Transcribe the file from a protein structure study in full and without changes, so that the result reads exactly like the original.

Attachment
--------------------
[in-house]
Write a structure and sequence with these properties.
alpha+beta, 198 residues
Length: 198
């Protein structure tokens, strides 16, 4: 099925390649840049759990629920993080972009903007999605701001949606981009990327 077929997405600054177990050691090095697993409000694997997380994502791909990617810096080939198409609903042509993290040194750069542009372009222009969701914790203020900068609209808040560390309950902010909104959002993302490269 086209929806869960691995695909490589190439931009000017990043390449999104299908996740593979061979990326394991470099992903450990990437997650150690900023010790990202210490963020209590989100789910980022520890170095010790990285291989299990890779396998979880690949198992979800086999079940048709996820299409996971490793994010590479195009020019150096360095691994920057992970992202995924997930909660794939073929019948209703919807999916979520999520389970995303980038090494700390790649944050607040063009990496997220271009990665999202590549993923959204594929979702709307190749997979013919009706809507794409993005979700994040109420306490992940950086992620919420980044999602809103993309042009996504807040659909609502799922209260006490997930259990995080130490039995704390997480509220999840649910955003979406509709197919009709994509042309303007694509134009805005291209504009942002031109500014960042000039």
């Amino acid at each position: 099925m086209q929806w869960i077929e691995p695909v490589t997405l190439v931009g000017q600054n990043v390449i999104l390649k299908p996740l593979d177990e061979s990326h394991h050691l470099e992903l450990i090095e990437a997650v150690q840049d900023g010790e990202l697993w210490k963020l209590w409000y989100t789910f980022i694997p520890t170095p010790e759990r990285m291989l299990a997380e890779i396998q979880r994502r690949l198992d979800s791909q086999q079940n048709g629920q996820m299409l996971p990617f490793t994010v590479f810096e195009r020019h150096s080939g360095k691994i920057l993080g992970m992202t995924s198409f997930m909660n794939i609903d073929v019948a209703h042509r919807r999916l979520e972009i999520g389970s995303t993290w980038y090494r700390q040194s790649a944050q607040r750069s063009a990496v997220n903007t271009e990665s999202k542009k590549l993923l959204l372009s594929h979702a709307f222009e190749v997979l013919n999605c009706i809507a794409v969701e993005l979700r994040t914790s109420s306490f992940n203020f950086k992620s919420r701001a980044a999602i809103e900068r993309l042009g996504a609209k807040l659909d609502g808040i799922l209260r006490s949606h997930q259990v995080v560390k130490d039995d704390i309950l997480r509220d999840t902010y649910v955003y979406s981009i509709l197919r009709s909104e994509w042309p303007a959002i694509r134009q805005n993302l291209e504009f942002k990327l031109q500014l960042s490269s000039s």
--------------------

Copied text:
[in-house]
Write a structure and sequence with these properties.
alpha+beta, 198 residues
Length: 198
């Protein structure tokens, strides 16, 4: 099925390649840049759990629920993080972009903007999605701001949606981009990327 077929997405600054177990050691090095697993409000694997997380994502791909990617810096080939198409609903042509993290040194750069542009372009222009969701914790203020900068609209808040560390309950902010909104959002993302490269 086209929806869960691995695909490589190439931009000017990043390449999104299908996740593979061979990326394991470099992903450990990437997650150690900023010790990202210490963020209590989100789910980022520890170095010790990285291989299990890779396998979880690949198992979800086999079940048709996820299409996971490793994010590479195009020019150096360095691994920057992970992202995924997930909660794939073929019948209703919807999916979520999520389970995303980038090494700390790649944050607040063009990496997220271009990665999202590549993923959204594929979702709307190749997979013919009706809507794409993005979700994040109420306490992940950086992620919420980044999602809103993309042009996504807040659909609502799922209260006490997930259990995080130490039995704390997480509220999840649910955003979406509709197919009709994509042309303007694509134009805005291209504009942002031109500014960042000039």
């Amino acid at each position: 099925m086209q929806w869960i077929e691995p695909v490589t997405l190439v931009g000017q600054n990043v390449i999104l390649k299908p996740l593979d177990e061979s990326h394991h050691l470099e992903l450990i090095e990437a997650v150690q840049d900023g010790e990202l697993w210490k963020l209590w409000y989100t789910f980022i694997p520890t170095p010790e759990r990285m291989l299990a997380e890779i396998q979880r994502r690949l198992d979800s791909q086999q079940n048709g629920q996820m299409l996971p990617f490793t994010v590479f810096e195009r020019h150096s080939g360095k691994i920057l993080g992970m992202t995924s198409f997930m909660n794939i609903d073929v019948a209703h042509r919807r999916l979520e972009i999520g389970s995303t993290w980038y090494r700390q040194s790649a944050q607040r750069s063009a990496v997220n903007t271009e990665s999202k542009k590549l993923l959204l372009s594929h979702a709307f222009e190749v997979l013919n999605c009706i809507a794409v969701e993005l979700r994040t914790s109420s306490f992940n203020f950086k992620s919420r701001a980044a999602i809103e900068r993309l042009g996504a609209k807040l659909d609502g808040i799922l209260r006490s949606h997930q259990v995080v560390k130490d039995d704390i309950l997480r509220d999840t902010y649910v955003y979406s981009i509709l197919r009709s909104e994509w042309p303007a959002i694509r134009q805005n993302l291209e504009f942002k990327l031109q500014l960042s490269s000039s």